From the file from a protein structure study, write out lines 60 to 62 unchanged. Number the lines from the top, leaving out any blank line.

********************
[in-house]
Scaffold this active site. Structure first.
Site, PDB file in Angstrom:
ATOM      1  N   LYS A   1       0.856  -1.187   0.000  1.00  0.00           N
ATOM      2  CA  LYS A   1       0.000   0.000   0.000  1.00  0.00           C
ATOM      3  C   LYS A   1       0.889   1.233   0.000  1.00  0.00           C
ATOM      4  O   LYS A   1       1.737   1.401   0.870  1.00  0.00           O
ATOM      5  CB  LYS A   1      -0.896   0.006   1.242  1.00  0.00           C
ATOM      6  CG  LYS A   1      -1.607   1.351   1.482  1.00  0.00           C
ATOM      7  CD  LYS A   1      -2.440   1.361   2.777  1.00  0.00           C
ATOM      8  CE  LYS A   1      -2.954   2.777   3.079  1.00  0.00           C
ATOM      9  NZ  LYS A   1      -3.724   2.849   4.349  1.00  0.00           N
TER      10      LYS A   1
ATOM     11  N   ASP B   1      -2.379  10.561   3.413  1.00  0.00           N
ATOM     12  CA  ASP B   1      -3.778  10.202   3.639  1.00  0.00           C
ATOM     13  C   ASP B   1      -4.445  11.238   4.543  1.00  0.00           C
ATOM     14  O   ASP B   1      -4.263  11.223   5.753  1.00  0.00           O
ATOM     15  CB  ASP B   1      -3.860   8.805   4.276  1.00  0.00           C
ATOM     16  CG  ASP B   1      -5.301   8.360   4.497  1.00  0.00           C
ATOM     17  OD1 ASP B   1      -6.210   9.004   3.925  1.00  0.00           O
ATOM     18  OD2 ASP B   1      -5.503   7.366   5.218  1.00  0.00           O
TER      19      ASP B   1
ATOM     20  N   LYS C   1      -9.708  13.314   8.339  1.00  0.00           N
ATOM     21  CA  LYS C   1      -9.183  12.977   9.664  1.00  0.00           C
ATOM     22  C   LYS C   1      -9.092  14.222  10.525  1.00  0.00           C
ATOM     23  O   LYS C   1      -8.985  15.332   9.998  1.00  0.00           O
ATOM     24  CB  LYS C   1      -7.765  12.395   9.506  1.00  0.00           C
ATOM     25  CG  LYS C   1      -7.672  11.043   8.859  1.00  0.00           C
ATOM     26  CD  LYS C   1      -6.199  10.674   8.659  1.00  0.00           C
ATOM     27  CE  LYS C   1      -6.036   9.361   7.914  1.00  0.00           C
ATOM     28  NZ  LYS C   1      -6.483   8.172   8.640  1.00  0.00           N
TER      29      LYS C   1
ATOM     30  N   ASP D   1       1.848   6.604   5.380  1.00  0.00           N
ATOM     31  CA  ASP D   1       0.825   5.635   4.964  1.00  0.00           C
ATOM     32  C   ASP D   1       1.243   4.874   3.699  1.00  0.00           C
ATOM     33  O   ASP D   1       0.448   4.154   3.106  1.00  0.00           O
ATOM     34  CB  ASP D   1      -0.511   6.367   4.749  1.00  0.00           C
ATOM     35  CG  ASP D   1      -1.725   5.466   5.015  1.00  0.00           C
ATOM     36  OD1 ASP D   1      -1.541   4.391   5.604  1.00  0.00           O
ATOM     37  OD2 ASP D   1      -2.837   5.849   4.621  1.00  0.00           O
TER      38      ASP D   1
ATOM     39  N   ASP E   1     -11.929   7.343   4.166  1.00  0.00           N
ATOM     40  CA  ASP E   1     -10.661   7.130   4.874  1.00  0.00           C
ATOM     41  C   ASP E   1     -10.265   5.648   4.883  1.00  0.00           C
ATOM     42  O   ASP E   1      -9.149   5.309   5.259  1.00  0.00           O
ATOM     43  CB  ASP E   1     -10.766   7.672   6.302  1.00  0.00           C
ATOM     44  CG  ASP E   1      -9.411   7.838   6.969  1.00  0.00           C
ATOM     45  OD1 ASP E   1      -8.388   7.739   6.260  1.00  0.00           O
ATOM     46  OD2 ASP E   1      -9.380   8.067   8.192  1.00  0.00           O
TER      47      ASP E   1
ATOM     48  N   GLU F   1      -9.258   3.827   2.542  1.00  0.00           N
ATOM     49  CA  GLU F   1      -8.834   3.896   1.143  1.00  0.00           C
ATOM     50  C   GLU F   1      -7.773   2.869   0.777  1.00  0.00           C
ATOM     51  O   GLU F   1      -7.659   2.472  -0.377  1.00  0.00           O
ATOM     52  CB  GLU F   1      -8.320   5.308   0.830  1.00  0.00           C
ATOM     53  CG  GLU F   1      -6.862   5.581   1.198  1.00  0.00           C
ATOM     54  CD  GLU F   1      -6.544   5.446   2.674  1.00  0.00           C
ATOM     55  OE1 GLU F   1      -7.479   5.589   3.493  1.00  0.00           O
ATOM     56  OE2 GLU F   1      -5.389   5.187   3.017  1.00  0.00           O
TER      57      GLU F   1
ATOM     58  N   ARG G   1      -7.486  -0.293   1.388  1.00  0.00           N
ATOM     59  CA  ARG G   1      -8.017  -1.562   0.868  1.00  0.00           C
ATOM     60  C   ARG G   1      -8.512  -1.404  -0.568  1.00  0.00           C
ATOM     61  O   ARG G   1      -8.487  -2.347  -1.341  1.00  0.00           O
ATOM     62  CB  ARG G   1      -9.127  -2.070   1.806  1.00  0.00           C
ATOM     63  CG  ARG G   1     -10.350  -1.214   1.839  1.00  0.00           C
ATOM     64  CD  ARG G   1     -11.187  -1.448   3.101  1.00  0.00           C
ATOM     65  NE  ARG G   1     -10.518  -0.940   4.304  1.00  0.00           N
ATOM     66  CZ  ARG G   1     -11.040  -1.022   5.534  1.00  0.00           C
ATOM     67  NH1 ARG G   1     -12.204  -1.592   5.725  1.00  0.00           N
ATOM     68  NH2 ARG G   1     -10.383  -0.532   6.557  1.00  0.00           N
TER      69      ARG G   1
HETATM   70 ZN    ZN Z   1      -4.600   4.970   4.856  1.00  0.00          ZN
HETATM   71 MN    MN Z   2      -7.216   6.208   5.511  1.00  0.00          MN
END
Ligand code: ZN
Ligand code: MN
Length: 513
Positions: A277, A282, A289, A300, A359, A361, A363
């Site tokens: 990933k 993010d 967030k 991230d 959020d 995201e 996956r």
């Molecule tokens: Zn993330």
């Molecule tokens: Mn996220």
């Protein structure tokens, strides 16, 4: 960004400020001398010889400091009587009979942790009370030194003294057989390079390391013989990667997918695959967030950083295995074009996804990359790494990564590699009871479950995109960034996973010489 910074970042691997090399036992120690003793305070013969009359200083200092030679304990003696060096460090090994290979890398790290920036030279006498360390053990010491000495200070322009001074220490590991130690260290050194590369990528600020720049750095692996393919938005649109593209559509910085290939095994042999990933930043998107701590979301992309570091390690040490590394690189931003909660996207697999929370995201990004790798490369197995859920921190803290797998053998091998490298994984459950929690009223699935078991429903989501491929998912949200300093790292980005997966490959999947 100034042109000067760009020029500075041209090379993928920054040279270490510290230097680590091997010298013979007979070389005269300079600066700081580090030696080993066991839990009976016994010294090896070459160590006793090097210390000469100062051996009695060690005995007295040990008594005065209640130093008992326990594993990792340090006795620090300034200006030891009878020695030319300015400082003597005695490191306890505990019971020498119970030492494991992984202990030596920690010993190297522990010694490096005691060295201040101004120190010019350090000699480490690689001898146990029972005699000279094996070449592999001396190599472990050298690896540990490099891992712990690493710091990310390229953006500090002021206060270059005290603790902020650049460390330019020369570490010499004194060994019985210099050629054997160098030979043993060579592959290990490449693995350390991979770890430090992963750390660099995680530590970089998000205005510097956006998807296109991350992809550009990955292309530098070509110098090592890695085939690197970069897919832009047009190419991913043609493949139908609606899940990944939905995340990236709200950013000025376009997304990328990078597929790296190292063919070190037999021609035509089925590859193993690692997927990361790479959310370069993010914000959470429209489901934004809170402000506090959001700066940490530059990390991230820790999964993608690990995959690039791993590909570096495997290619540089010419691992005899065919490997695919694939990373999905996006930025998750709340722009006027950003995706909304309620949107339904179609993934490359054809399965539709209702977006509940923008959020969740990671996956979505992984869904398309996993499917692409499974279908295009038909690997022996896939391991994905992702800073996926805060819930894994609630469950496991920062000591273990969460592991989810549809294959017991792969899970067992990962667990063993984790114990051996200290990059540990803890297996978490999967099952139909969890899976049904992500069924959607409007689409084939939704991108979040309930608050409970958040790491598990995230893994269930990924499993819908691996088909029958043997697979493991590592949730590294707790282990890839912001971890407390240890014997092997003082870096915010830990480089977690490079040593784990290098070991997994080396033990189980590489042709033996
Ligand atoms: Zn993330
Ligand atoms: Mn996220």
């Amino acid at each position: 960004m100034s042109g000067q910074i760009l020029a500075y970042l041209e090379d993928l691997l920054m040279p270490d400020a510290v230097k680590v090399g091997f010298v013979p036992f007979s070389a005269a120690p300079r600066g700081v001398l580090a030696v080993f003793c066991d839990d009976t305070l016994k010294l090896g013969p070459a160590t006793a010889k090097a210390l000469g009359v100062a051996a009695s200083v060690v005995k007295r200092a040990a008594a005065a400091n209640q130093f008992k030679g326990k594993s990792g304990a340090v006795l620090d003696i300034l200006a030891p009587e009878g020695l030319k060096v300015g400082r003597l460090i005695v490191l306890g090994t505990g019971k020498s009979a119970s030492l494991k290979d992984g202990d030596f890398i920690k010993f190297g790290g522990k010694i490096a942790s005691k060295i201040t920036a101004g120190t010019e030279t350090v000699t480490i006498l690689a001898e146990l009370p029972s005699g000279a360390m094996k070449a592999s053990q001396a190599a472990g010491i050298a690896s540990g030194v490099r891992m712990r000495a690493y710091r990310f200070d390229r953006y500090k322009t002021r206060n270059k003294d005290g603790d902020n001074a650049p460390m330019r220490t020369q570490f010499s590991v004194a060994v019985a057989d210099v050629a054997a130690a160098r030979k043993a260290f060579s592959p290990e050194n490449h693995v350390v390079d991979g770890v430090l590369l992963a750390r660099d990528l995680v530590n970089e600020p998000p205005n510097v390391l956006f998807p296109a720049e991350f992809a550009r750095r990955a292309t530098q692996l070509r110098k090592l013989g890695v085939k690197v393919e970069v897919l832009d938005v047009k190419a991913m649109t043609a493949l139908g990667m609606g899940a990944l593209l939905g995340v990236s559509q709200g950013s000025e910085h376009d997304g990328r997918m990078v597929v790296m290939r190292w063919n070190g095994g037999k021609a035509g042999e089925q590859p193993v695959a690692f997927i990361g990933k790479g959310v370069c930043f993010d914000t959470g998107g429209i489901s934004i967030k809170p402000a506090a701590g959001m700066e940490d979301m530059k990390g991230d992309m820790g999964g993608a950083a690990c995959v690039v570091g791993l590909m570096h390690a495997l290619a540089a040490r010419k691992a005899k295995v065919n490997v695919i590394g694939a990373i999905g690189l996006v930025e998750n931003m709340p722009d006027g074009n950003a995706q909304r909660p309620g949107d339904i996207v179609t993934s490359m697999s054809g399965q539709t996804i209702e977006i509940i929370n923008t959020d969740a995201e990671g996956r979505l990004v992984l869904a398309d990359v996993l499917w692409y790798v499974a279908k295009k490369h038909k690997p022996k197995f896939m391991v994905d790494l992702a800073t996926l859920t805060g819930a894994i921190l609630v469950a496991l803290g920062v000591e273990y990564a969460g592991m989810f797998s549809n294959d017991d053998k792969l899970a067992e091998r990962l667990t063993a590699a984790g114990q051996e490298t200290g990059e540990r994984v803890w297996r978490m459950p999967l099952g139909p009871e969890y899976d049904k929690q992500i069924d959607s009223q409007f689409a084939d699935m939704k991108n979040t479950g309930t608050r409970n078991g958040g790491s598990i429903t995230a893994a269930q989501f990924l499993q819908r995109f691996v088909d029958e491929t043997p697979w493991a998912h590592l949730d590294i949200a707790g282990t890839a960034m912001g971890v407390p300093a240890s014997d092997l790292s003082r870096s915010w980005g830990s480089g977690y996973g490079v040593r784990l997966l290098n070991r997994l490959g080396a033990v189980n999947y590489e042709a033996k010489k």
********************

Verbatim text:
TER      57      GLU F   1
ATOM     58  N   ARG G   1      -7.486  -0.293   1.388  1.00  0.00           N
ATOM     59  CA  ARG G   1      -8.017  -1.562   0.868  1.00  0.00           C